Dell Technologies Inc. shares headed toward their second-worst day since returning to Wall Street on Friday after the personal-computer maker’s executives changed their tune on the industry.
shares fell as much as 12%, heading for their worst one-day performance since Dec. 24, 2018, when they finished down 22%. Other PC makers also declined, with shares of HP Inc.
shares down as much as 8% Friday and Apple Inc.
declining more than 3%.
Dell executives dialed back their expectations for the PC market after quarterly sales came up short of the Wall Street consensus estimate. As a pandemic-era boom in PC sales fell off in recent months, analysis firms reported the worst sales drop in at least a decade, and warned of more declines in the future.
Cowen analyst Krish Sankar noted, however, that Dell executives expect an even sharper drawback than analysis firm Gartner.
“Interestingly, Dell also highlighted that its internal model sees 290M PC units in CY22 (-14% Y/Y), below Gartner forecast of 310M.” Sankar said. “We note that Dell’s estimate indicates PC units declining by nearly 20% Y/Y in C2H22.”
Sankar said commercial PC demand is slower than expected while consumer remains soft. Dell executives expect revenue from its PC group, known as Client Solutions Group, to decline in the high-teen percentages year-over-year in the October-ending quarter, after a 9% drop in the July-ending one. And there are other problems as well.
“Consumer and commercial PC weakness in the near term is not a surprise, but Dell comments around slowing infrastructure product demand was an incremental negative,” said Sankar, who has a market perform rating and a $45 price target on Dell.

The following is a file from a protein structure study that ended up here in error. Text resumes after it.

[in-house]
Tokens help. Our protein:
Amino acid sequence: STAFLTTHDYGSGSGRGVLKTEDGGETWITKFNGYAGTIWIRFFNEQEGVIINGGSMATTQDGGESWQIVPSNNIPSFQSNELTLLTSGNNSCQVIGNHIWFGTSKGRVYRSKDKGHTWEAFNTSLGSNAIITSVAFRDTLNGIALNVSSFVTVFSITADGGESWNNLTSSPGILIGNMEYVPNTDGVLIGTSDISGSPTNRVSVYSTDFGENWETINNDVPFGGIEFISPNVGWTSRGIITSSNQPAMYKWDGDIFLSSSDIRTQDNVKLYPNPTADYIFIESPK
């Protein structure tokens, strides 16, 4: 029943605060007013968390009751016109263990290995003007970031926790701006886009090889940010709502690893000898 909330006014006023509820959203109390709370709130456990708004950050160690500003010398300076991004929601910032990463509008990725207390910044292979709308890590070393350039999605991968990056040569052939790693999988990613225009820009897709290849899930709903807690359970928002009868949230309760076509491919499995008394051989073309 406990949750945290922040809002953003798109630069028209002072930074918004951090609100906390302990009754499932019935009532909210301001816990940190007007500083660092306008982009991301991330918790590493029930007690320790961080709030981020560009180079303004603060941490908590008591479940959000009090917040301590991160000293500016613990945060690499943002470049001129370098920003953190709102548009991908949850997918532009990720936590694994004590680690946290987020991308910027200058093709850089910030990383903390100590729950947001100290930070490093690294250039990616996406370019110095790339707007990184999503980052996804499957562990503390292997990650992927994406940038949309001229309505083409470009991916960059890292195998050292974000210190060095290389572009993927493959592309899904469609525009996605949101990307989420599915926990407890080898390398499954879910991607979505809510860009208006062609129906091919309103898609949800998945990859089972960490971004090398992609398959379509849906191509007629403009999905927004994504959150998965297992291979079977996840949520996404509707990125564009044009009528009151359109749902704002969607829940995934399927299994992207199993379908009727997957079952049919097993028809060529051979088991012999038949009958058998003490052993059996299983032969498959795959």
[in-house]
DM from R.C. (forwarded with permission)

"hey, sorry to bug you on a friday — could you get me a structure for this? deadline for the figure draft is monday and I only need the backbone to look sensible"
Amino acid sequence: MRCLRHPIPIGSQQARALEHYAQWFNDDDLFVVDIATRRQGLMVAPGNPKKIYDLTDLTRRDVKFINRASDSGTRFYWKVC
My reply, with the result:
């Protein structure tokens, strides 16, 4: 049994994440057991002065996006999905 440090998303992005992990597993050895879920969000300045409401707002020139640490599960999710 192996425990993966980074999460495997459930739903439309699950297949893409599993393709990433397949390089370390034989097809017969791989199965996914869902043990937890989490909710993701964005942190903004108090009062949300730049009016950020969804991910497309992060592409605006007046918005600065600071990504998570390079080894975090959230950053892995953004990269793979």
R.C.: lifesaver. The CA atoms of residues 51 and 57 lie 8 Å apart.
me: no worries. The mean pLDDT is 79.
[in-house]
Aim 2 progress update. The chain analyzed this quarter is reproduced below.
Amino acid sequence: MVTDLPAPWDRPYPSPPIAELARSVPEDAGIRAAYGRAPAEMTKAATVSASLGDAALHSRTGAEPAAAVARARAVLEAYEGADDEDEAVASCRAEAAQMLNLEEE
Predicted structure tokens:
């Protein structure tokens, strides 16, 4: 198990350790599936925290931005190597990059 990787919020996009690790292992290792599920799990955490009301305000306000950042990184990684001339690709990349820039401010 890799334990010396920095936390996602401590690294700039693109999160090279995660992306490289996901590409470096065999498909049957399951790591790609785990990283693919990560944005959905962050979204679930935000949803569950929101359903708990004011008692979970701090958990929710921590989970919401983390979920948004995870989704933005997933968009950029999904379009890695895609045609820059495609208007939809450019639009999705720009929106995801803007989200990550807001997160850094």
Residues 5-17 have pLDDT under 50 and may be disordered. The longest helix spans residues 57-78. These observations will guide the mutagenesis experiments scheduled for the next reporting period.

“Although server growth is decelerating, we believe backlog fulfillment is supporting near-term sales,” Sankar said of Dell’s Infrastructure Solutions Group revenue guide of growth in the low-teens percent year-over-year in the third quarter.
Citi Research analyst Jim Suva said it was good to hear Dell be so open about the changes in its market.
“The earnings conference call by Dell was a sharp turn toward caution from a mere 3 months ago where demand was exceeding supply,” said Suva, who has a buy rating and a $60 price target on Dell.
“Now that interest rates have increased, corporate spending is being more cautious, and the supply chain is starting to normalize, we are seeing excess inventory in the PC industry not only in consumer but also a slowdown in enterprise spending.” Suva said.
Raymond James analysts Simon Leopold, who has a $51 target price, said he is keeping his outperform rating even with the mixed outlook.
“Although PC weakness was anticipated, the downtick was worse than expected,” Leopold said. “ISG continues to grow, but management cited slower demand and macro concerns that sounded worse than other IT equipment supplier commentary.”
“We believe Dell PCs are faring better than competitors’, and are gaining share. Dell benefits from its bias towards commercial PCs, at ~78% of segment sales,” Leopold said. “We believe the enterprise vertical and U.S. demand remain healthier than consumer and international PC demand.”
The slowing PC market, and the unofficial end to the global chip shortage, have been tough on PC makers as well as chip makers like Nvidia Corp.
Advanced Micro Devices Inc.
and most recently, Marvell Technologies Inc.
Of the 21 analysts who cover Dell, 13 have buy-grade ratings and eight have hold ratings. Of those, eight lowered their price targets resulting in an average target price of $55.99, down from a recent $59.49.